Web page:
Characterisation is fun

It was that wonderful writer Terry Pratchett who said, “Writing is the most fun you can have by yourself”, yet I hear many writers say that it’s a lonely occupation. How can you be lonely when you are surrounded by your characters? In all my books I have people who I get on with just fine, and people who I really don’t like. It’s just like the real world, except that I can control what the characters do and say. Mind you, there have been many times when the characters take over and decide for themselves what they are going to do, and that’s when it really gets to be fun. You must allow your characters to act in a way that is consistent with the characterisation that you have created for them, and there are times when that characterisation will take you down a different route to the one you might have planned.

Make strong characterisation work for you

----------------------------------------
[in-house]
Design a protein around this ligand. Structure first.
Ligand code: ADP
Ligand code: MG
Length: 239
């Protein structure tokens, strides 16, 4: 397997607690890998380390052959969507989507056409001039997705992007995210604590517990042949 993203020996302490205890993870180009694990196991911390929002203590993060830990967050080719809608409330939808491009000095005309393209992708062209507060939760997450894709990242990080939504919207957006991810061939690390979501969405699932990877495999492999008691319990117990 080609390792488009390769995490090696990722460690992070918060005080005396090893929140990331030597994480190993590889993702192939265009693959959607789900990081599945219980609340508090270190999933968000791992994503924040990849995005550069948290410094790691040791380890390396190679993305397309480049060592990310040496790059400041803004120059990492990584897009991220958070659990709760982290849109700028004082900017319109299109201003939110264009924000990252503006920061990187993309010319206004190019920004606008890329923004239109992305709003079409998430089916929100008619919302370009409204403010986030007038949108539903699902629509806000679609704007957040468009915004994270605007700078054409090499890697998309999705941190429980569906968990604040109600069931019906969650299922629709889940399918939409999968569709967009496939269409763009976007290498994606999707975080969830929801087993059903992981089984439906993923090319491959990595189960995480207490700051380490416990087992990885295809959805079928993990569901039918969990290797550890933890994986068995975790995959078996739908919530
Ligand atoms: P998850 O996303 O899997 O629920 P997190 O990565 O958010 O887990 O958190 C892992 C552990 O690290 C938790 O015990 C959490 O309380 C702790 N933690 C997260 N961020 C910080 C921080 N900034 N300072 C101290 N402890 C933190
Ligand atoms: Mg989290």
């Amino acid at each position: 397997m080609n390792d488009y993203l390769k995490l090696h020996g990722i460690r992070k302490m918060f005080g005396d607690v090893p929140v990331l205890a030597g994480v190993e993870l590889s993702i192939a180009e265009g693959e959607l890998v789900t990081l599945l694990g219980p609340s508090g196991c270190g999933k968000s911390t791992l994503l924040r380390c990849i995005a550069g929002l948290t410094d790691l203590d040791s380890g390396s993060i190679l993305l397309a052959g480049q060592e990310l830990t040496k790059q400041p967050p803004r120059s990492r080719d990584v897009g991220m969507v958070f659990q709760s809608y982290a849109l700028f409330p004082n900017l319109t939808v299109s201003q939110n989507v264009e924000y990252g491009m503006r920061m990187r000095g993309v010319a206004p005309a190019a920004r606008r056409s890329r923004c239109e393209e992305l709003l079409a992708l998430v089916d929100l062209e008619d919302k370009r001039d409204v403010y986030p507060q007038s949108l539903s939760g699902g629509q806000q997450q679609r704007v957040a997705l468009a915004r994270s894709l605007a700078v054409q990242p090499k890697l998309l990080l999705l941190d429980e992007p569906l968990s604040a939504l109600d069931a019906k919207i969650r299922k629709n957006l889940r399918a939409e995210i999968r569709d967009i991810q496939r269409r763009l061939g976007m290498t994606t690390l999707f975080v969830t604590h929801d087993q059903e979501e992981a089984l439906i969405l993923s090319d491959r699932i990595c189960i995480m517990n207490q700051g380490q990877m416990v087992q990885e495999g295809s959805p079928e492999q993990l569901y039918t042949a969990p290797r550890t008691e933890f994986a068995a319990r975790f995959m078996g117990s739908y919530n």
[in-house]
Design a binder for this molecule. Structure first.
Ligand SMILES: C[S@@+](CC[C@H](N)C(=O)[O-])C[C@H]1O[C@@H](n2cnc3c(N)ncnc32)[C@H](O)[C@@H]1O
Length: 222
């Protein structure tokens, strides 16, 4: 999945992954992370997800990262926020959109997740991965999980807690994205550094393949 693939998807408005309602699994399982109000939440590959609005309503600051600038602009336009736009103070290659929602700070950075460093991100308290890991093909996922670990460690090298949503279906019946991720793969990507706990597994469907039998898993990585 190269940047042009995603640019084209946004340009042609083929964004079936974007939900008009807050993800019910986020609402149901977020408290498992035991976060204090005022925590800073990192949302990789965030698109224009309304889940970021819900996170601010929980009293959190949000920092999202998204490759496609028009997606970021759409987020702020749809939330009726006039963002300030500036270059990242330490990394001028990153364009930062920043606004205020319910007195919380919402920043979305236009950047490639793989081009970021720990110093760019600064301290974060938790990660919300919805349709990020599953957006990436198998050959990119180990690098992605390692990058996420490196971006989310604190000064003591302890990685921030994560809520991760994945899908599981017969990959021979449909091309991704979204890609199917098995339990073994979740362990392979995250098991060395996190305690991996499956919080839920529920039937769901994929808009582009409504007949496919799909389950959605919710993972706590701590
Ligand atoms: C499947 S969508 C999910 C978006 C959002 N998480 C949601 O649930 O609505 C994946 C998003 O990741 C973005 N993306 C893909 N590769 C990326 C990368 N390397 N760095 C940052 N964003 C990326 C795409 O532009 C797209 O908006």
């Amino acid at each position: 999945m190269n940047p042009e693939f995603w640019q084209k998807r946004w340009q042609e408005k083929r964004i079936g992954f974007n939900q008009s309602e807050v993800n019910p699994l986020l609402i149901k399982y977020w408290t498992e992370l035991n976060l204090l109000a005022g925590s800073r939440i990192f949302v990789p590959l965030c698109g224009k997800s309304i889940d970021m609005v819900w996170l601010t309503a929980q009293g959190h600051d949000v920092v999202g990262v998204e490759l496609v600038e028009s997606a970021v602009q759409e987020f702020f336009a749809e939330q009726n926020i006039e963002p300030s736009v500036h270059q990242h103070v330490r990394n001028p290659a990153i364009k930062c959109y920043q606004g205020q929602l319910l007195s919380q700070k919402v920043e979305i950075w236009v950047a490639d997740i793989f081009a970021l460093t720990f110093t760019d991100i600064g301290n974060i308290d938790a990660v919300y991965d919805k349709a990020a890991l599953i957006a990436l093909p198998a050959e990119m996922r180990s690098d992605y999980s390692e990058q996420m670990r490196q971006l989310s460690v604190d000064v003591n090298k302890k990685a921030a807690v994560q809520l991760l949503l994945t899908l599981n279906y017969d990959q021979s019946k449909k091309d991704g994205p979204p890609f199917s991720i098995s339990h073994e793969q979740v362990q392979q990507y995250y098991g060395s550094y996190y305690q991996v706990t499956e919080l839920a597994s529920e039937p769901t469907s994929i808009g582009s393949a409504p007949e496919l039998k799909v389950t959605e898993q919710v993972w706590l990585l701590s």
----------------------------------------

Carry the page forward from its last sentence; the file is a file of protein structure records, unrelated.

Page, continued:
characterisationIn Manx Connection #3 – ‘Under the Rock‘ two young girls are instrumental in resolving the story. Yet when I first created them, they were planned to be no more than minor characters. However, the ease at which they slotted into the storyline was due entirely to the early strong characterisation with which I had bestowed them, and they developed themselves into two great characters. So good, in fact, that Manx Connection #4 – ‘Out of the Window‘ followed their story two years later.

Sometimes, you can create a character who, superficially, may appear to be unlikeable, getting little empathy from your readers. But you can use this to create twists in a plot by eventually explaining why a character acts in a certain fashion. Suddenly, your readers will understand why he (or she) does what he does, and they can actually end up rather liking one of the bad guys. Tricks and twists like this will hold your readers’ focus and built loyalty for your books. Above all, build strong characterisations, whether for your protagonists or your antagonists.